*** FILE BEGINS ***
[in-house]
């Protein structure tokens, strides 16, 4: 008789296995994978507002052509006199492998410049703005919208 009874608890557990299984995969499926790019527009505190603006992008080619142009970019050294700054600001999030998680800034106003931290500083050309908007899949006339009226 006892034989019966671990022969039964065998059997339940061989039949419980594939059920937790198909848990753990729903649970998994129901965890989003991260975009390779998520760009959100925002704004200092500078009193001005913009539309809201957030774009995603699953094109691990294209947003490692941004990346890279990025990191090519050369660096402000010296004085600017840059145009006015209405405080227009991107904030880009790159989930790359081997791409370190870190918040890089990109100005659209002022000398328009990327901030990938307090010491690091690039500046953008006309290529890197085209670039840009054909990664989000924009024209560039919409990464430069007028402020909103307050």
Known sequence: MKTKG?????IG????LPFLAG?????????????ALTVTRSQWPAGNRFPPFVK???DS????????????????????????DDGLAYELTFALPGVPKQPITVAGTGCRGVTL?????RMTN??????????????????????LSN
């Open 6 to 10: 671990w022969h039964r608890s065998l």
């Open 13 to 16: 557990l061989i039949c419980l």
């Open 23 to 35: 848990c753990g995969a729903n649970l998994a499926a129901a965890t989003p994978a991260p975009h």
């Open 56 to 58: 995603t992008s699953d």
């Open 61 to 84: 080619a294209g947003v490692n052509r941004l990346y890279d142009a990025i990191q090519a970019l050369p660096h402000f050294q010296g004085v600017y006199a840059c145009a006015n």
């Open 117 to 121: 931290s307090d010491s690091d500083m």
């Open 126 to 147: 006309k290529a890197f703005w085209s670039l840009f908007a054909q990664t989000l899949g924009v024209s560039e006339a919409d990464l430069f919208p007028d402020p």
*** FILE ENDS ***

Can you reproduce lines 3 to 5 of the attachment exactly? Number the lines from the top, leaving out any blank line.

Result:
Known sequence: MKTKG?????IG????LPFLAG?????????????ALTVTRSQWPAGNRFPPFVK???DS????????????????????????DDGLAYELTFALPGVPKQPITVAGTGCRGVTL?????RMTN??????????????????????LSN
């Open 6 to 10: 671990w022969h039964r608890s065998l």
């Open 13 to 16: 557990l061989i039949c419980l």